The concept of bucketing assets began with a Harry Markowitz paper in the Journal of Finance in 1952. The essence of his paper outlined how investors could efficiently allocate assets for the highest return with a given level of risk. This work would later earn Markowitz a Nobel Memorial Prize in Economic Sciences and redefine how financial advisors optimized investments for their clients.
Tremendous advancements have been made to Markowitz’s early work in the last 67 years and asset allocation has proven to be more valuable than ever. While there are plenty of sophisticated measures on how to arrive at the asset allocation, it can be simply illustrated by showing an investor how their money should be invested in an allocation of uncorrelated assets between three segments: safe and liquid investments, conservative investments, and growth assets.
For many advisors, that seems to be where the simplification stops, and they communicate asset allocation with pie charts of holdings, graphs, ledgers, and statistical analysis. All that data may be important behind the scenes, but it confuses the client. It is an art form to simplify the plan so your client can under-stand and have the confidence to move forward with your recommendations.
The Bucket Plan philosophy simplifies asset allocation in a way the general public can understand.
The bucket approach to retirement investing first started to work its way into the financial lexicon in the 1980s, when financial planning expert Harold Evensky developed this strategy as a way to combat the challenge of low interest rates. This resulted in investments not providing enough income for retirees, forcing many of them to delay retirement, reduce their standard of living, or take too many risks with their capital. Evensky built his strategy around three distinct buckets:
- Bucket 1
Living expenses for a year or more that are not covered by other income streams. This can also include an emergency fund for unanticipated expense
- Bucket 2
Five or more years’ worth of living expenses, with income distributions from dividend-paying equities going toward the refill of Bucket 1.
- Bucket 3
This bucket has more volatile, higher-earning products that can ride out a down market because the retiree does not need to draw living expenses from it.
The bucketing concept gained momentum during the 1990s, then really began picking up steam with the dawn of the information age. By the time the Great Recession hit in 2008, Bucket 3 was the haven for a client’s investments to ride out the ups and downs of the market without affecting the immediate income that was being withdrawn from Bucket 1 and reloaded from Bucket 2. Having long-term goals for Bucket 3 protected the retiree from making rash decisions during market fluctuations and taking a hit on their investments by cashing in during a downturn.
Over time, The Bucket Plan has been adapted to not just facilitate retirement income planning but to be a viable strategy for asset allocation for all clients in any demographic.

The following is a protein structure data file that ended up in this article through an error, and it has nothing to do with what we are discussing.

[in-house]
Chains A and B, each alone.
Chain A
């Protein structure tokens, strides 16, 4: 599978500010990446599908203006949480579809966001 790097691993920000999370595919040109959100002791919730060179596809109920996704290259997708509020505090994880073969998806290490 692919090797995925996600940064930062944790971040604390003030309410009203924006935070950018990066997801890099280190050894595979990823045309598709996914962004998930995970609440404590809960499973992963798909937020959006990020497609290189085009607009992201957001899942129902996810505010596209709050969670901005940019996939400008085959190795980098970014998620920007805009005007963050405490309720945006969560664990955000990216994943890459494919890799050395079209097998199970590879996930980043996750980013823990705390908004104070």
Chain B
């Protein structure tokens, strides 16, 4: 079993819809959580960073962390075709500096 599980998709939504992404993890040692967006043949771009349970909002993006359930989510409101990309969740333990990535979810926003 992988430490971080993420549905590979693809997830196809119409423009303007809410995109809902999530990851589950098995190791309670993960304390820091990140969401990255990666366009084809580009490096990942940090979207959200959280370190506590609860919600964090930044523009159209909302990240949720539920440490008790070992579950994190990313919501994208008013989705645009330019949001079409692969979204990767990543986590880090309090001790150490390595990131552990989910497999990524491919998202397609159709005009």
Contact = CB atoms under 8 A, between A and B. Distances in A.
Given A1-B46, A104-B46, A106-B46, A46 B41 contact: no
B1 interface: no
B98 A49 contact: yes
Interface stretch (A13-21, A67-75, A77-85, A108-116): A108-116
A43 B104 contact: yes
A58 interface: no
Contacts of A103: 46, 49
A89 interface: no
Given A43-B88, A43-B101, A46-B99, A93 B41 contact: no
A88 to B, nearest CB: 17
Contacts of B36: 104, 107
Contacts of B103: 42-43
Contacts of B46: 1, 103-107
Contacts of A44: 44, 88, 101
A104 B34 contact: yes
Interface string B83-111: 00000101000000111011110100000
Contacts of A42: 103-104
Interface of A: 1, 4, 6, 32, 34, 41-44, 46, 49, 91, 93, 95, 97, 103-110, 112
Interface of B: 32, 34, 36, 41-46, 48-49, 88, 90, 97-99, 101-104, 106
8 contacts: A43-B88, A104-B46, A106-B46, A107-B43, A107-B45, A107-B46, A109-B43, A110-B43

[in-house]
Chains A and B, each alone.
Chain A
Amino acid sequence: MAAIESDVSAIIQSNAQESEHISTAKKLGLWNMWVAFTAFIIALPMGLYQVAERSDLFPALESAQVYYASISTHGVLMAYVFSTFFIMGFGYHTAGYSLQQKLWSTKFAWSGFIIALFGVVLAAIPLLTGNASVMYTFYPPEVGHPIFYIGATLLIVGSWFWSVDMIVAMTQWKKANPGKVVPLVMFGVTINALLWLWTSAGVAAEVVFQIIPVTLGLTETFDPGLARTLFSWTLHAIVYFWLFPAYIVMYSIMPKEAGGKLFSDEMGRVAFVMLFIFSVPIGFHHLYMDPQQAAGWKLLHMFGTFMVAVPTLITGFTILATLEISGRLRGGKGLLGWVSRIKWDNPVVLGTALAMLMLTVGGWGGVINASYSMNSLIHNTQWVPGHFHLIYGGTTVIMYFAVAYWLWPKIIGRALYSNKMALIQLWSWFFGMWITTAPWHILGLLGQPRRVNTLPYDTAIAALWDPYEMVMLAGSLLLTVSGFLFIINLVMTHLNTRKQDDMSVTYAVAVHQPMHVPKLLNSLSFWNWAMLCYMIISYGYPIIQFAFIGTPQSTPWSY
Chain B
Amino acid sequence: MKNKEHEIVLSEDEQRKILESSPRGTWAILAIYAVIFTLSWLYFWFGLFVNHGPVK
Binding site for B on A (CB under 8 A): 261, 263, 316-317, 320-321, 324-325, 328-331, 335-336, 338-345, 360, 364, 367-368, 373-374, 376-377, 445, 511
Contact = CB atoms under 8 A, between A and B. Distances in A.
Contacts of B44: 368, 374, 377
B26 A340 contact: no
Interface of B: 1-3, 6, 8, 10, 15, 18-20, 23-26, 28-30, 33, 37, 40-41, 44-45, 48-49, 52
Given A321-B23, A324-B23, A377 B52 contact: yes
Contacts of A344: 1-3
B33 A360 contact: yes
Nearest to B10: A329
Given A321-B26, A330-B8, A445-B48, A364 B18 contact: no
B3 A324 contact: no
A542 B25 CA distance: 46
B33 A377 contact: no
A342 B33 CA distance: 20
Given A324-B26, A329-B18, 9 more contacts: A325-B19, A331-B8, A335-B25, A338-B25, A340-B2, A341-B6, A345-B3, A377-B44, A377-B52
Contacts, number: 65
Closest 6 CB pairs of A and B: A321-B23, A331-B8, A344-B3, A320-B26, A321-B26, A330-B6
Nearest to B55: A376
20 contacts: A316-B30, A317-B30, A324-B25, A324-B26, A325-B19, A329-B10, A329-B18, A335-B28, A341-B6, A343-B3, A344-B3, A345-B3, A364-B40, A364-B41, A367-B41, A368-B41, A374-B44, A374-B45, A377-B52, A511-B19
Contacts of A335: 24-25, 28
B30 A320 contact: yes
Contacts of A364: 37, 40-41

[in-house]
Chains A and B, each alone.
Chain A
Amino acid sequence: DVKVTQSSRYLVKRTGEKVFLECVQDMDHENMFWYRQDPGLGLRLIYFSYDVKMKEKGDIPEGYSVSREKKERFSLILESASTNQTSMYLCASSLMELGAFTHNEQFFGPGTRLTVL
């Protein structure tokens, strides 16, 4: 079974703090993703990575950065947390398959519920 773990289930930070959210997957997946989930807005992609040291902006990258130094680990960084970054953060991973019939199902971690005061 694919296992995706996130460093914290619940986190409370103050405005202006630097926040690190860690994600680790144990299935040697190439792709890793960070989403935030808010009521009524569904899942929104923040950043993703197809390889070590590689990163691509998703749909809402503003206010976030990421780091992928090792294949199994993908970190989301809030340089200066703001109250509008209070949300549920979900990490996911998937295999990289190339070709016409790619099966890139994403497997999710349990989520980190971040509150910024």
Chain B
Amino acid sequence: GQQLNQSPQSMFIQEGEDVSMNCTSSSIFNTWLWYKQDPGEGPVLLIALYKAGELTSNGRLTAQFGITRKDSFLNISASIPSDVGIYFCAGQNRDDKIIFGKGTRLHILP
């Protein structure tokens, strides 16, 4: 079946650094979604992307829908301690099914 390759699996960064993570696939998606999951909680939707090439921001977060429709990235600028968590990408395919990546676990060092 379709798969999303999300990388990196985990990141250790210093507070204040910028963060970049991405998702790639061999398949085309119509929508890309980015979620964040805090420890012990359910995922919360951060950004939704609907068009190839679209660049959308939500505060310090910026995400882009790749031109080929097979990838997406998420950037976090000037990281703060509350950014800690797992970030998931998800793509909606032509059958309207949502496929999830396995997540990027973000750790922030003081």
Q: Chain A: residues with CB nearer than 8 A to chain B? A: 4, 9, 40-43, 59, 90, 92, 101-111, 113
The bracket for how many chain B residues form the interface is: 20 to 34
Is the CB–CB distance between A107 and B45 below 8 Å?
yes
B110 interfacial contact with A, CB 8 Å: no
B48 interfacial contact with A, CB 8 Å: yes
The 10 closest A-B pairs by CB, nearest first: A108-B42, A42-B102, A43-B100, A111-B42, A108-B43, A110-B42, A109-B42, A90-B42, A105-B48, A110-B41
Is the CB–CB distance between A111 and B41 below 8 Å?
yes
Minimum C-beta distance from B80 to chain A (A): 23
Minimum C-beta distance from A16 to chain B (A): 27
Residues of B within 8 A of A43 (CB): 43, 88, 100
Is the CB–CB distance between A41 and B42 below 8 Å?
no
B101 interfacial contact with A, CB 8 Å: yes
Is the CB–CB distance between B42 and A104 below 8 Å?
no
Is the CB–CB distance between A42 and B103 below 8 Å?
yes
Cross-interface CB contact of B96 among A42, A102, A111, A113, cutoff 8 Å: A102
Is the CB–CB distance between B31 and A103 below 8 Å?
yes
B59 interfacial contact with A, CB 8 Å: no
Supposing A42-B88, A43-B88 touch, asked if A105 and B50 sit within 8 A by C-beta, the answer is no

The Bucket Plan Philosophy
One of the most important things that a bucket plan provides is peace of mind for your clients. Financial planning is a complex process, but utilizing the bucket plan philosophy provides a simple but effective way for you to explain – and your clients to understand – the investment strategy that you have developed for them.
The key to a successful bucket plan is strategically positioning, and then protecting, a mutually agreed-upon portion of your client’s assets in order to buy a time horizon that allows them to invest the remainder for long-term growth. This structure will provide them with a reliable income source throughout their retirement. Here’s how the buckets are constructed:
This is the safe and liquid money that your client can access whenever they need it. A fully funded Now bucket will give your client a feeling of security and prevents them from having to cash in investments when they need money…which would also open them up to losses when the market is down, unforeseen taxes and unexpected penalties. Although there will be little return on the Now bucket funds, that is a small price to pay for your client’s peace of mind.
The Now bucket is set up for free main situations:
- Emergency or comfort fund for unplanned expenses
- Major planned expenses – new car, wedding, college tuition, etc.
- Up to one year’s income for a retired client
The amount that goes into the Now bucket varies by individual and their needs. There should be enough to meet every day needs or emergencies, but not so much that your client will miss out on growth for that money. There are several dangers in both scenarios (see chart below):
Whatever the amount decided upon for the Now bucket, all parties involved should agree on it and feel comfortable knowing that their needs and expenses will be met.
The Soon bucket is your conservative investments or income money and can be used as a planned income source for the first phase of retirement. It is set up for growth to offset inflation but invested conservatively to negate the effects of a big correction or downturn in the market, avoiding the full swing of the stock market that could impact your client’s income or spending plans. This money has little to no exposure to market risk (stocks), interest rate risk (bonds), or sequence of returns risk, which protects your client from having to sell low because they need the money for income withdrawals.
The Soon bucket also serves as an inflationary hedge, giving your client that extra cushion as the cost of goods and services continue to rise. When paired with the Now bucket, the Soon bucket buys your client a time horizon so that their investments in the Later bucket can continue to grow, riding out the market highs and lows, without being touched. It keeps this segment of their assets stable and reliable in case they need to access it, helping them avoid sequence of returns risk.
For client’s that have a longer time horizon before retirement, the Soon bucket might serve as their opportunity bucket. This way, if a good investment opportunity arises, such as starting a business or buying a new home, but the stock market is down, they have the funds available.
For a client approaching or in retirement, the Soon bucket will provide a reliable income that will pour into their Now bucket for everyday spending. There are three primary ways of structuring income from the Soon bucket:
- The Bridge Approach: You fund reliable income for a specific period using the minimal amount of assets required to construct the bridge. An example might be a 10-year bond or CD ladder, a period-certain annuity, an indexed annuity with penalty-free withdrawal provisions, or a conservative investment portfolio in which you will be consuming both principal and interest.